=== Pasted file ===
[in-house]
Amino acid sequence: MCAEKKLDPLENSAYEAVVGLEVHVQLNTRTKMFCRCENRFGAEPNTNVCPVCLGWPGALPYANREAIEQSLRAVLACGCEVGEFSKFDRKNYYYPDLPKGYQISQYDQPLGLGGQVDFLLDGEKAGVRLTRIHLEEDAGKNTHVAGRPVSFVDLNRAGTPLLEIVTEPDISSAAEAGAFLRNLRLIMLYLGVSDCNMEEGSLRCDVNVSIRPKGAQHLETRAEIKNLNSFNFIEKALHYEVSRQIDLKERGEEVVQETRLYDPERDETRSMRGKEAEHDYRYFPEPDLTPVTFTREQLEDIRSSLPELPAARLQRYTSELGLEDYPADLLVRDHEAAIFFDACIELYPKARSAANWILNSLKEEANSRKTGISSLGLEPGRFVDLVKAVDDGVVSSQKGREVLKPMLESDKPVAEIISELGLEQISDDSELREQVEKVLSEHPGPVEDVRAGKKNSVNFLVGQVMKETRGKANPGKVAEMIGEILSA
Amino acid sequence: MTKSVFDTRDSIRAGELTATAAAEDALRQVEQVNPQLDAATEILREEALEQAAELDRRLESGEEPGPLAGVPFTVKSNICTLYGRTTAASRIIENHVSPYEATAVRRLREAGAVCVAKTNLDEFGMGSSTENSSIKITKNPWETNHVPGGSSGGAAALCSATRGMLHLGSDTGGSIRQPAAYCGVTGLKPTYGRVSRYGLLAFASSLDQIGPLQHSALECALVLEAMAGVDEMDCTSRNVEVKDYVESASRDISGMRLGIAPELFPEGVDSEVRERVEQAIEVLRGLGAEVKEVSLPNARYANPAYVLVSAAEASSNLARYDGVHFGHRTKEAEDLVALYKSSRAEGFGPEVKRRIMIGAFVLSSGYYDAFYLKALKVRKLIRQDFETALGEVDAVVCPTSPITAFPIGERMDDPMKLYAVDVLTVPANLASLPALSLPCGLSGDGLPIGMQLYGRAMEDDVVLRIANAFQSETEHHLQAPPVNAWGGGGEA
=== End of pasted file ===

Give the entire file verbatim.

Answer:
[in-house]
Amino acid sequence: MCAEKKLDPLENSAYEAVVGLEVHVQLNTRTKMFCRCENRFGAEPNTNVCPVCLGWPGALPYANREAIEQSLRAVLACGCEVGEFSKFDRKNYYYPDLPKGYQISQYDQPLGLGGQVDFLLDGEKAGVRLTRIHLEEDAGKNTHVAGRPVSFVDLNRAGTPLLEIVTEPDISSAAEAGAFLRNLRLIMLYLGVSDCNMEEGSLRCDVNVSIRPKGAQHLETRAEIKNLNSFNFIEKALHYEVSRQIDLKERGEEVVQETRLYDPERDETRSMRGKEAEHDYRYFPEPDLTPVTFTREQLEDIRSSLPELPAARLQRYTSELGLEDYPADLLVRDHEAAIFFDACIELYPKARSAANWILNSLKEEANSRKTGISSLGLEPGRFVDLVKAVDDGVVSSQKGREVLKPMLESDKPVAEIISELGLEQISDDSELREQVEKVLSEHPGPVEDVRAGKKNSVNFLVGQVMKETRGKANPGKVAEMIGEILSA
Amino acid sequence: MTKSVFDTRDSIRAGELTATAAAEDALRQVEQVNPQLDAATEILREEALEQAAELDRRLESGEEPGPLAGVPFTVKSNICTLYGRTTAASRIIENHVSPYEATAVRRLREAGAVCVAKTNLDEFGMGSSTENSSIKITKNPWETNHVPGGSSGGAAALCSATRGMLHLGSDTGGSIRQPAAYCGVTGLKPTYGRVSRYGLLAFASSLDQIGPLQHSALECALVLEAMAGVDEMDCTSRNVEVKDYVESASRDISGMRLGIAPELFPEGVDSEVRERVEQAIEVLRGLGAEVKEVSLPNARYANPAYVLVSAAEASSNLARYDGVHFGHRTKEAEDLVALYKSSRAEGFGPEVKRRIMIGAFVLSSGYYDAFYLKALKVRKLIRQDFETALGEVDAVVCPTSPITAFPIGERMDDPMKLYAVDVLTVPANLASLPALSLPCGLSGDGLPIGMQLYGRAMEDDVVLRIANAFQSETEHHLQAPPVNAWGGGGEA